And what of limiting gender roles – do these matter?

When my toddler and I returned from our library trip, my husband eyed our pile of pro-girl library books. ‘What’s wrong with princesses and looking pretty?’ he asked – a note of exasperation in his voice. ‘Nothing!’ I declared.

Because of course our daughters are perfectly able to enjoy pretty clothes and simultaneously aspire to be CEOs – just like our sons can be excited about building sites and fire engines and still prefer a cushy office job with tea on tap. But if fiction helps children and young adults to project themselves into the wider world it makes sense that this should be an inspiring, not limiting, experience. So I want to see some of the character traits more commonly ascribed to male heroes – bravery, independence and leadership – attributed to girls too. And similarly stereotypically female traits – being nurturing, caring and creative – should be encouraged among boys.

Surprisingly, on this point, Professor Oatley found that ‘high-school girls were able to empathize with both female and male protagonists, whereas high-school boys were generally only able to empathize with male protagonists. So if you are a writer it makes sense to have male protagonists, because books with female protagonists may have only half the potential readership. J.K. Rowling probably made the right decision with her Harry Potter books.’

I felt uneasy with the idea that the majority of heroes should be boys for the sake of marketing; and I couldn’t ignore the feeling that if girls are portrayed as the weaker party, surely this would have some detrimental impact in the long run. So I asked Professor Oatley: ‘what if the male protagonist is a brilliant, smart hero and all the girls in the books are simpering wimps. Does that do any damage? ’ He replied that – according to one study – some girls are likely to identify with a strong male protagonist rather than a wimpy female one – but typically only girls with a strong sense of self-belief.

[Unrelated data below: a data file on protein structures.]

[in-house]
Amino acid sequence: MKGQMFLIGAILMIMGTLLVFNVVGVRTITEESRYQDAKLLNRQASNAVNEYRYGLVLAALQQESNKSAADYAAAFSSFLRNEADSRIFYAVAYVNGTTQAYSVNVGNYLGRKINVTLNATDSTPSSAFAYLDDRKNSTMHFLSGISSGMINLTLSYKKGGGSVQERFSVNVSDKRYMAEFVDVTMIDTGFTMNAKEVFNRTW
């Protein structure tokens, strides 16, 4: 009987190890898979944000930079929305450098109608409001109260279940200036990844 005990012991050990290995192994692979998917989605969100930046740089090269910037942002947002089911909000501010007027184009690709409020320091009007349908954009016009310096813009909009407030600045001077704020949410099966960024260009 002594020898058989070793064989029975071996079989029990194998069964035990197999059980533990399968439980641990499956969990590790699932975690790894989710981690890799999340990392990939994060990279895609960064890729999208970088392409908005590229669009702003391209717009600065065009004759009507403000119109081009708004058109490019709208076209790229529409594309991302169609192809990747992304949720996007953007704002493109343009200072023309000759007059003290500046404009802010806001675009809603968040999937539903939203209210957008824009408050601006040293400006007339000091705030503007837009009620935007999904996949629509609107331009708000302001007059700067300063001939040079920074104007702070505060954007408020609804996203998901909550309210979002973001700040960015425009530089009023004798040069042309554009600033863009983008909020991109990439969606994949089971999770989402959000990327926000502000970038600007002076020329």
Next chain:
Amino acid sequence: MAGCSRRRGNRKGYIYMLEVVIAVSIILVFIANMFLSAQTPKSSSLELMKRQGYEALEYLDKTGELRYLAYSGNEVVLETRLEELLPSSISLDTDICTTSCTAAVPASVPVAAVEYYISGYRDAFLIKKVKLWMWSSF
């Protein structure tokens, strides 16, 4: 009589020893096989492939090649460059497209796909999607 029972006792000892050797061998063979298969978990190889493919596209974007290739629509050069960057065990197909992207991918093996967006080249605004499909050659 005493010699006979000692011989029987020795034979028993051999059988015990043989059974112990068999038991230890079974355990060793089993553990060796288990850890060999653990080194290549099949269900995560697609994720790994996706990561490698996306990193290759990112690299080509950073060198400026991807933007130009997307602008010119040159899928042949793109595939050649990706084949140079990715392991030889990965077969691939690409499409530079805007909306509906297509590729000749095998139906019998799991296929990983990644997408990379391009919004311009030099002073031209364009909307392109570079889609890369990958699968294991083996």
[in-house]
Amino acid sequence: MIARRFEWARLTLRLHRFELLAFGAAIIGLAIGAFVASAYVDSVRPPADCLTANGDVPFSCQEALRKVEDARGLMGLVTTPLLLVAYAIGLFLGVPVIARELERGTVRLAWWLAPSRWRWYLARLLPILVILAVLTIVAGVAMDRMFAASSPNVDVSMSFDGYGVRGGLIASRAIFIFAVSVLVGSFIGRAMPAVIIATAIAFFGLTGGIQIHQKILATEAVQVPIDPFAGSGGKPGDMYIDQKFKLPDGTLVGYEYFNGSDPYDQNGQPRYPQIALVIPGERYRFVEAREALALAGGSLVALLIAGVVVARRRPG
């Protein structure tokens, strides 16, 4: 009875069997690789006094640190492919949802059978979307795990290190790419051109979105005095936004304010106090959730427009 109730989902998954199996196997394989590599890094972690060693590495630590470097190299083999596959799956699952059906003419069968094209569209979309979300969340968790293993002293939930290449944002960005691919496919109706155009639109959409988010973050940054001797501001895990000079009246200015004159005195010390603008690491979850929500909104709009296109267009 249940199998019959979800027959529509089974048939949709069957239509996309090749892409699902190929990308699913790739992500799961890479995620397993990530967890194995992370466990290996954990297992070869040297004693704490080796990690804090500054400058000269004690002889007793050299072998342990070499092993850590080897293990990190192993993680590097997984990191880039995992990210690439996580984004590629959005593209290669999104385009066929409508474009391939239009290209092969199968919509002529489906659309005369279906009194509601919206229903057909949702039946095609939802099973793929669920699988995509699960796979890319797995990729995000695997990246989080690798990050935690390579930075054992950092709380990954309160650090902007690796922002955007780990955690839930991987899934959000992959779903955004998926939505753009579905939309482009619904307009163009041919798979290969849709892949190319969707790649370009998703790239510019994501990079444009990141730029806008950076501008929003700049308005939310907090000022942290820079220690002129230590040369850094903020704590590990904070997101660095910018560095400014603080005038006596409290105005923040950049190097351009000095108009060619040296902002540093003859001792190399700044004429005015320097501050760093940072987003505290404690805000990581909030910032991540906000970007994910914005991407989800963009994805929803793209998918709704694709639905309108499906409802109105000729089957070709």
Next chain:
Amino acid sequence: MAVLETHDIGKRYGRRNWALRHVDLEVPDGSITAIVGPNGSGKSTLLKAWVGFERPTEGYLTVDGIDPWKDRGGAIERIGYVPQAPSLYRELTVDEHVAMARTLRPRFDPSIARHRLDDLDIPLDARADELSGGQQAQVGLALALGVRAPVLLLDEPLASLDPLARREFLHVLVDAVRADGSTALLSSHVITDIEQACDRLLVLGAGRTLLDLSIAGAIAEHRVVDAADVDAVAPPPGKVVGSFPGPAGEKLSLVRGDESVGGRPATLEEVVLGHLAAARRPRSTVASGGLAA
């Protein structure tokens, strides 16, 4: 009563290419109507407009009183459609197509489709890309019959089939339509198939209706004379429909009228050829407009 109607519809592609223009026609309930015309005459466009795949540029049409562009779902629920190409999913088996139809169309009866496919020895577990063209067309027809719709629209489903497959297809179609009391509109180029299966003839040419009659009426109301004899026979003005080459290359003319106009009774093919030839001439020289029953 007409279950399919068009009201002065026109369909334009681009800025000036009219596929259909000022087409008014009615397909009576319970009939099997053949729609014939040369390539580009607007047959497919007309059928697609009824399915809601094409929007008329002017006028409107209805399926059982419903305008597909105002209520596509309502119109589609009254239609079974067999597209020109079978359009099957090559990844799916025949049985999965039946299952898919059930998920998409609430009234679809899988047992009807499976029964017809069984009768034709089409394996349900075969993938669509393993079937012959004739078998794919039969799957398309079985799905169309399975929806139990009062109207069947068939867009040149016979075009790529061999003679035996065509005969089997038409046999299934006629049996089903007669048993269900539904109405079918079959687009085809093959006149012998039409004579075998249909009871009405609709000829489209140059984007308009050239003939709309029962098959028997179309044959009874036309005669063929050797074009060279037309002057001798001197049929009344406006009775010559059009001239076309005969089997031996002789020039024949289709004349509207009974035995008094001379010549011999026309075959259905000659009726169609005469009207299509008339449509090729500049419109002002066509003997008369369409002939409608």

This is a bit trickier: so we have to build high self-esteem in our daughters before they’ll relate to strong characters? Well I’m no expert but aren’t positive role models – fictional and real – essential to building that self-confidence?

And what of boys? Will reading stories in which girls are the weakest link lead to a sexist mindset? Well the wrong kind of reading might, says Professor Oatley, ‘contribute in boys to derogatory feelings about girls, but they have these kinds of feelings anyway.’ So again – no easy answer, just lots more work required!

So while books most definitely have a role to play in broadening character, fostering empathy, encouraging pro-social behaviour and even in reducing prejudice they don’t quite go the distance in developing gender equality. As parents we’ll have to put a whole lot more work in on that one. Which rather foils my parenting plan of letting the library do the legwork for me…


Did you like this? Check out Emma’s new website here.

What do you think? Does it matter what kinds of books your children read or do you think anything goes, so long as they’re reading?